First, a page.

HealthDay News — Sertraline seems to be efficacious for preventing depressive disorders after traumatic brain injury (TBI), according to a study published in JAMA Psychiatry. In this study, the number of patients needed to treat to prevent depression after TBI was approximately 6 when compared with placebo.
Ricardo E. Jorge, MD, from the Baylor College of Medicine in Houston, and colleagues conducted a placebo-controlled trial at a university hospital with 24-week follow-up. A total of 534 patients (aged 18 to 85 years) hospitalized for mild, moderate, or severe TBI were eligible for the study; 94 of these were randomized to either placebo (46 patients) or sertraline (48 patients). Seventy-nine patients completed the study.
The researchers found that to prevent depression at 24 weeks after TBI, the number needed to treat was 5.9 for sertraline treatment versus placebo (P = .03). Sertraline had no influence in the course of neuropsychological variables. The intervention was well tolerated, with mild adverse effects in both the sertraline and placebo groups.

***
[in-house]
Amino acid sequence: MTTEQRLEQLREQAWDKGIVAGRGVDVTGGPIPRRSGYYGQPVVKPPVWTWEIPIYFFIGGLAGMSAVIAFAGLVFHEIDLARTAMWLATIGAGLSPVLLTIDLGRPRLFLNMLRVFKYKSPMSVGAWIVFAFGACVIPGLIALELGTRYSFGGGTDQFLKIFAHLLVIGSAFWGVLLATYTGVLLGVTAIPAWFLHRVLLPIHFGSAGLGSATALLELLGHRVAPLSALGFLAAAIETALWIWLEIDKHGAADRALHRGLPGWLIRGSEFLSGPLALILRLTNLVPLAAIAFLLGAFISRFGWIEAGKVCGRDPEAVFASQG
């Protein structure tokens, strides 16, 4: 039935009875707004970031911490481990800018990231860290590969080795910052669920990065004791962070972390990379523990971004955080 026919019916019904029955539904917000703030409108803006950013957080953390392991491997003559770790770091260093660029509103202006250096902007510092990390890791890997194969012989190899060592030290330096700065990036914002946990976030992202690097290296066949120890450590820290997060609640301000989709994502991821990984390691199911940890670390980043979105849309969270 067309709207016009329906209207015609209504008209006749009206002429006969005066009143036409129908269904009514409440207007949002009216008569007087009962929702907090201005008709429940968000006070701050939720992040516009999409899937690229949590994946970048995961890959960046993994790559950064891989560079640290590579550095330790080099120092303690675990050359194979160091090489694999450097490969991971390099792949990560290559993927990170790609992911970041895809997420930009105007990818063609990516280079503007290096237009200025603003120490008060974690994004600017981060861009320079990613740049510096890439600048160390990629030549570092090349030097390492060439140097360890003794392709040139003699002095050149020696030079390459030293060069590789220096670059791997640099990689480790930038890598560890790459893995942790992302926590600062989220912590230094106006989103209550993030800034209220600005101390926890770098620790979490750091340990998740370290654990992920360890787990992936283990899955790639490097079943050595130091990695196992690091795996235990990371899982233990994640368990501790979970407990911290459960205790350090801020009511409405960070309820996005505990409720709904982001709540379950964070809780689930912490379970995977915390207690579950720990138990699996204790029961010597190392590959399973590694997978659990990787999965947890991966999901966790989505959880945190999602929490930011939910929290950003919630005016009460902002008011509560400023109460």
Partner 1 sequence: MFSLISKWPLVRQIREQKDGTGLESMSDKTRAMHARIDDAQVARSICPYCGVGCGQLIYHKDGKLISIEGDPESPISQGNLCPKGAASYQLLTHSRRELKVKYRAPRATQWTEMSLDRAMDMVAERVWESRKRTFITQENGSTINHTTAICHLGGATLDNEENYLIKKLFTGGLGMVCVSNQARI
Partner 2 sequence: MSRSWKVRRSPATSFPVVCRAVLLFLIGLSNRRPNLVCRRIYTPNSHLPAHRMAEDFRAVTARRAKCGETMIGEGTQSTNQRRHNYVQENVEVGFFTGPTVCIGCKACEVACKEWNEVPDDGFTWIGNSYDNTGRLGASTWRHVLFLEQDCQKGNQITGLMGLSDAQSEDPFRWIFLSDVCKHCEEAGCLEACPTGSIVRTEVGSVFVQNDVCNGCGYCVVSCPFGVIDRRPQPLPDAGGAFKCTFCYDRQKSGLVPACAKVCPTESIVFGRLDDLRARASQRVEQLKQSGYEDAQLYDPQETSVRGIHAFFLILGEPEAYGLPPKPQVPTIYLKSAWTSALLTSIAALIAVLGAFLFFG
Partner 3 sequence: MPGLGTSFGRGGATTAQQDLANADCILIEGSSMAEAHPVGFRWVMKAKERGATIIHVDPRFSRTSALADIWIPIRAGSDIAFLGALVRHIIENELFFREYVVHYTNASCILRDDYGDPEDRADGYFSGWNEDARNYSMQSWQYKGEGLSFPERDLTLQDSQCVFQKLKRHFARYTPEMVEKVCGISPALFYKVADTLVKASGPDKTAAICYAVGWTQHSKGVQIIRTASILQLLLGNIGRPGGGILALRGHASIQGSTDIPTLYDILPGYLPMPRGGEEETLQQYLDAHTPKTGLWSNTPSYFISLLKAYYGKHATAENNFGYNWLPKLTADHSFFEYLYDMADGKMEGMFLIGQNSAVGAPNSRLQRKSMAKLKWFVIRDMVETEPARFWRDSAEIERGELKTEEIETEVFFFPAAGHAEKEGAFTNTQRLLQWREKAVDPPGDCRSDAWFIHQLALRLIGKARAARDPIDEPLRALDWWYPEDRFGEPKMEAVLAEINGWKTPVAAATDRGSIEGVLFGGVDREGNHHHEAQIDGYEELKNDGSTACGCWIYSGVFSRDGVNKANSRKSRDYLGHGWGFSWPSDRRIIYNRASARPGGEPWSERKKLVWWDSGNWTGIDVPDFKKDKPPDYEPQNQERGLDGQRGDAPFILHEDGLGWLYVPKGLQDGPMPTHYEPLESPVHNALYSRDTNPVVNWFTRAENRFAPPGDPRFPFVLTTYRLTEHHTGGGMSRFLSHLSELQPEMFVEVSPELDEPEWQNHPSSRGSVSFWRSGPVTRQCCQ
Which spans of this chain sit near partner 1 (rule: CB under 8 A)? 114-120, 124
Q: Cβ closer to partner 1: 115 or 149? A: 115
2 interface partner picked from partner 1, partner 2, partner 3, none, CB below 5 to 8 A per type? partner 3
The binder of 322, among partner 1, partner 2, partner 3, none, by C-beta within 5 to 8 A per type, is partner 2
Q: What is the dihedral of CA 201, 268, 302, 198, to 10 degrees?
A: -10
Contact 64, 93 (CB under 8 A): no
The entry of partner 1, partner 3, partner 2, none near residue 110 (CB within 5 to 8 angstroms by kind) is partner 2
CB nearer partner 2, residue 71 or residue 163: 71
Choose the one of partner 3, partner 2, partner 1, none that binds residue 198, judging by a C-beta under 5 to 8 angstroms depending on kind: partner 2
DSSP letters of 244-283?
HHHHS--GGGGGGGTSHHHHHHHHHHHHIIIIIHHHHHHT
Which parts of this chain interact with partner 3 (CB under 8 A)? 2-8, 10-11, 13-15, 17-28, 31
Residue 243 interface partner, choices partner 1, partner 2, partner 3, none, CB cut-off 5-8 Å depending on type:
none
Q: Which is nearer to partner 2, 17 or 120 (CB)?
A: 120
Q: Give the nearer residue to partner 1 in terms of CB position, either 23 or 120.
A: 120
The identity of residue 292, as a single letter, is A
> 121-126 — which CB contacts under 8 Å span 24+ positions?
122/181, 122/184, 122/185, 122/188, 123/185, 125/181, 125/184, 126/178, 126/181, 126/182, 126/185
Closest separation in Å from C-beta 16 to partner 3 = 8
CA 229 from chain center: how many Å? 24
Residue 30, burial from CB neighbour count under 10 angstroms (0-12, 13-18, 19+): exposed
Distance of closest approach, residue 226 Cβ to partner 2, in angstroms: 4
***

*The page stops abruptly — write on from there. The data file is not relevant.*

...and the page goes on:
“Future studies should replicate these findings in a large sample of patients with TBI and depict their long-term physical, cognitive, behavioral, and functional outcomes,” the authors write.
Disclosures: Dr Jorge reported receiving lecture honoraria from Xiang-Jansen Pharmaceuticals. Dr Robinson reported receiving compensation for participation in an advisory committee meeting sponsored by Avanir Pharmaceuticals, lecture honorarium from Xiang-Janssen Pharmaceuticals, research funding from the Senator Financial Group, royalties from Cambridge University Press, and serving as a consultant to Otsuka Pharmaceuticals.
Jorge RE, Acion L, Burin DI, Robinson RG. Sertraline for preventing mood disorders following traumatic brain injury: A randomized clinical trial. JAMA Psychiatry. 2016 Sept 14; doi:10.1001/jamapsychiatry.2016.2189.